As far as deer cartridges go, the .280 Ackley Improved (AI) is not as well known as the time-honored .30-06, but perhaps it should be. It gives the 7mm Remington Magnum a run for its money, yet burns less powder, recoils less, yields theoretically longer barrel and case life and is generally much nicer to shoot.
The .280 Ackley — named after noted gun writer, gunsmith and wildcatter Parker Otto Ackley (1903-1989) — could be described as a mild-mannered deer cartridge with surprisingly hot performance. In the 1996 edition of Gun Digest, author Rob Lucas compared it to one of the hottest 7mm wildcats of the day, the 7mm STW.
“Ask yourself if 3500 fps (sometimes) with a 140-grain bullet in a necked-down 8mm Remington belted case is all that much better than 3300 fps from the ’06-sized 280 Remington Improved,’” he wrote.
Improved Cartridges Explained
Improved cartridges are commonly associated with the wildcat family. They start off as standard numbers — in this case the .280 Remington — and are shot in an improved gun. Pressure fireforms the case to the shape and dimensions of the improved chamber.
P.O. Ackley himself noted that the 280 Remington factory cartridge was a very good round. It was essentially a .30-06 necked down to .284, or 7mm. Based on the 7mm-06 wildcat, some have even argued it to be more versatile than the .270 Winchester.
An improved cartridge gives you a few advantages: You can load the cartridge hotter than its pre-fireformed state for increased velocity.
It minimizes body taper, creating a sharper 40-degree shoulder angle and pushing case capacity closer to its efficient limit.
The increase in case volume allows you to load more propellant for a faster, flatter shooting round, but in some cases with significantly less (5-10%) powder than in a comparable magnum. Thus, there is less recoil.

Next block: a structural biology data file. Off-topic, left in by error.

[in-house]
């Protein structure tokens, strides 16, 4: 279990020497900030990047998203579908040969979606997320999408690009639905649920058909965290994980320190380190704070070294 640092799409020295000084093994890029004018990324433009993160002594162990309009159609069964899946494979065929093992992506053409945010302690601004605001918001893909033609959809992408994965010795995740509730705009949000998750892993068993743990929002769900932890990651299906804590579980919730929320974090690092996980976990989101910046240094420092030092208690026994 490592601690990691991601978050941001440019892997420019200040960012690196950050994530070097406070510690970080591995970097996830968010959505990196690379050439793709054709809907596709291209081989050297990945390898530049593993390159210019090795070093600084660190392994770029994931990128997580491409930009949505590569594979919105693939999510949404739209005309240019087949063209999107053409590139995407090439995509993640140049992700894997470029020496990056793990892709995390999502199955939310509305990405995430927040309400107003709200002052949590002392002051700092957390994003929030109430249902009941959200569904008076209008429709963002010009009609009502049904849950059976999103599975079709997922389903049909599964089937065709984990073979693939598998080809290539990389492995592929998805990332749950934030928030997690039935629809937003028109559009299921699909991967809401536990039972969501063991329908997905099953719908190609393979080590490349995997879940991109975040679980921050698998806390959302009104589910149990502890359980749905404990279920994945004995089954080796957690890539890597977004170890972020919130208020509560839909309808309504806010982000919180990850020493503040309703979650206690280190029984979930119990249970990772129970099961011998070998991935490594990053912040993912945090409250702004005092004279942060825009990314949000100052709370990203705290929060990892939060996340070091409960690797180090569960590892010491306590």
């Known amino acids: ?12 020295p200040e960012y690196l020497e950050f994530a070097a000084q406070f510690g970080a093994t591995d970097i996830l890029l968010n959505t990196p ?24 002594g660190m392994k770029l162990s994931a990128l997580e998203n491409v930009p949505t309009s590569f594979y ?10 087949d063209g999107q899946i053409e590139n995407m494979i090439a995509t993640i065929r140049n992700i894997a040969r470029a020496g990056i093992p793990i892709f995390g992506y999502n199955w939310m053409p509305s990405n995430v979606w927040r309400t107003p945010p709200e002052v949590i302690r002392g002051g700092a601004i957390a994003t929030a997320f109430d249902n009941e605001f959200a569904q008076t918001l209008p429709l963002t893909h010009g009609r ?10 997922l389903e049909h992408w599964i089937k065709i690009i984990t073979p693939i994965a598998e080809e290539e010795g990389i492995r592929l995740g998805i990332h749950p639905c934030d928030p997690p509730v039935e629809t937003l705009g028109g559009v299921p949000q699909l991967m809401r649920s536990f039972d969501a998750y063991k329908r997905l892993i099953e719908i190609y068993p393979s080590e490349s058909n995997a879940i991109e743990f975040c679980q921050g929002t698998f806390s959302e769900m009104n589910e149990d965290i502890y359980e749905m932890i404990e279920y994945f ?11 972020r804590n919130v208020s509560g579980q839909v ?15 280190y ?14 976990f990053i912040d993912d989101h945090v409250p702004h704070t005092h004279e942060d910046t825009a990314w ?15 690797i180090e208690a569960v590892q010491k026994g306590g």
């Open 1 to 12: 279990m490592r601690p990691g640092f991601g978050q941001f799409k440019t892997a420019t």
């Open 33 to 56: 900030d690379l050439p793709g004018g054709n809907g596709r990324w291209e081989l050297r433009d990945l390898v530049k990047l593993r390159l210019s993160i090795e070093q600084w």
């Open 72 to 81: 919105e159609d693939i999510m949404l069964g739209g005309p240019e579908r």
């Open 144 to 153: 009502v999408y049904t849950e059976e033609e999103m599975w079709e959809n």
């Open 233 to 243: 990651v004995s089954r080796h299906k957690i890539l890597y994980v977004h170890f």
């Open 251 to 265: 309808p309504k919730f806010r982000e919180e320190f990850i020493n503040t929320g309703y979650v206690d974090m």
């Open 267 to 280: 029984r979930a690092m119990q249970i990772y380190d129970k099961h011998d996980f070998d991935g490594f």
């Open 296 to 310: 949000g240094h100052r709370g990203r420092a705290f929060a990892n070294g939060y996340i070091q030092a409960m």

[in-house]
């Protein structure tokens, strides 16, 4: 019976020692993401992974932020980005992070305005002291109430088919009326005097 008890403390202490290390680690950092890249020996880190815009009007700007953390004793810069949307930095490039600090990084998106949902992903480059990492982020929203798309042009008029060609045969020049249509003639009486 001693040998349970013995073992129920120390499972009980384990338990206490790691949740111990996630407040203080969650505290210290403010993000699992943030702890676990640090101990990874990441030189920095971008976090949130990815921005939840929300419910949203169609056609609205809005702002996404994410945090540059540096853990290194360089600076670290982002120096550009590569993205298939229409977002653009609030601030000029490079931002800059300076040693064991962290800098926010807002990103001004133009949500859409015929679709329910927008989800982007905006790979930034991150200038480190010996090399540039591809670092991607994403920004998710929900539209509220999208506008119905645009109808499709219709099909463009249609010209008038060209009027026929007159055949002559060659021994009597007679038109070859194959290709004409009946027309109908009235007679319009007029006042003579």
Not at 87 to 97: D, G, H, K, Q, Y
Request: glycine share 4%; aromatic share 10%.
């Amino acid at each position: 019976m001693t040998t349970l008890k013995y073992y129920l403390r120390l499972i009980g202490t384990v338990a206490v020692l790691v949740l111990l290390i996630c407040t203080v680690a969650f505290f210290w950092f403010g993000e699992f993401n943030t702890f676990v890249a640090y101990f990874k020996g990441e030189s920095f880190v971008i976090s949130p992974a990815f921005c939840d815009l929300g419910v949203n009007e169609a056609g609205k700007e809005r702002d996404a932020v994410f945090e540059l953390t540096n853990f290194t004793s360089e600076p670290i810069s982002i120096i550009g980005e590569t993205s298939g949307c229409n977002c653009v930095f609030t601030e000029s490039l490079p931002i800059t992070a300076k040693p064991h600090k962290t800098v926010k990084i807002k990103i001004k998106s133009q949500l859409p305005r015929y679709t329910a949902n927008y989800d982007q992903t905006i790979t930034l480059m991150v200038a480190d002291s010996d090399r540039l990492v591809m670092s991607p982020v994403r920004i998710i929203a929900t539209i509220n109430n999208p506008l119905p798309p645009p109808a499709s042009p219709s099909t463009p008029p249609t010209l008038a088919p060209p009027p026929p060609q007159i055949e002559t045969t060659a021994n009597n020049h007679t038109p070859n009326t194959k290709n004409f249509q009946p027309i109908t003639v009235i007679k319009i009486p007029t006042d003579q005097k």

Ackley did not take kindly to magnums. He viewed them as an exercise in the law of diminishing returns. He understood extra powder in a given bore capacity relative to case capacity negatively impacted case and barrel life. It didn’t really help cartridge efficiency.
By contrast, my .280 Ackley is downright pleasant to shoot. Pushing a 140 gr. Spitzer at around 3100 fps, it sends a projectile as flat as you could want in a 7mm deer rifle.
For whitetails, I feed her with Nosler’s excellent 140 gr. Accubond, one of the few factory-loaded choices out there in .280 Ackley Improved.
I used it to put down my best rifle-killed buck ever at 175 yards — a rather long poke by central Wisconsin woodland standards.
The .280 Ackley Goes Mainstream
Nosler is factory producing two offerings in their Custom Line of ammunition. One is the aforementioned 140 grain AccuBond and the other a 150 grain E-Tip. In testing the Accubond, it was among the most accurate ammunition I have ever shot in my custom rifle — better than reloads. Nosler also factory produces both a 140 gr. and 160 gr. cartridge in .280 AI from their Trophy Grade line, using the Accubond and Partition bullets respectively.
For handloaders, Hornady, Lee Precision, Redding and RCBS all offer dies for the cartridge. L.E. Wilson, makers of case trimmers, offer a case holder and neck trimming die specifically designed to accommodate the .280 Ackley’s 40-degree shoulder.
You can even get 40-degree shoulder brass from Norma in .280 AI, eliminating the need for initial fireforming. There are no shortages of recipes, either, with both Sierra and Nosler publishing reloading data in their current manuals.
The cartridge is featured in the 12th Edition of Cartridges of the World.
In 2007, Nosler showed up with the Nosler Custom Rifle chambered in .280 Ackley Improved. And for the more budget-minded, Kimber’s Model 84L Classic Select Grade and Montana are both available in .280 AI and are excellent guns.
The .280 Ackley is an improvement over a standard 280 Remington, and that’s not easy to do. It’s a hot cartridge — as good as any hard-kicking over-bore capacity magnum in similar calibers — but without the harsh recoil.
When it’s time to head to the deer stand, I could grab a .30-06 or .243. But why? The .280 Ackley Improved was in Ackley’s day, and remains today, a better choice. Next deer season give it a try, and see if you don’t agree.
Editor's note, this article originally appeared in the Gun Digest 2013 annual book.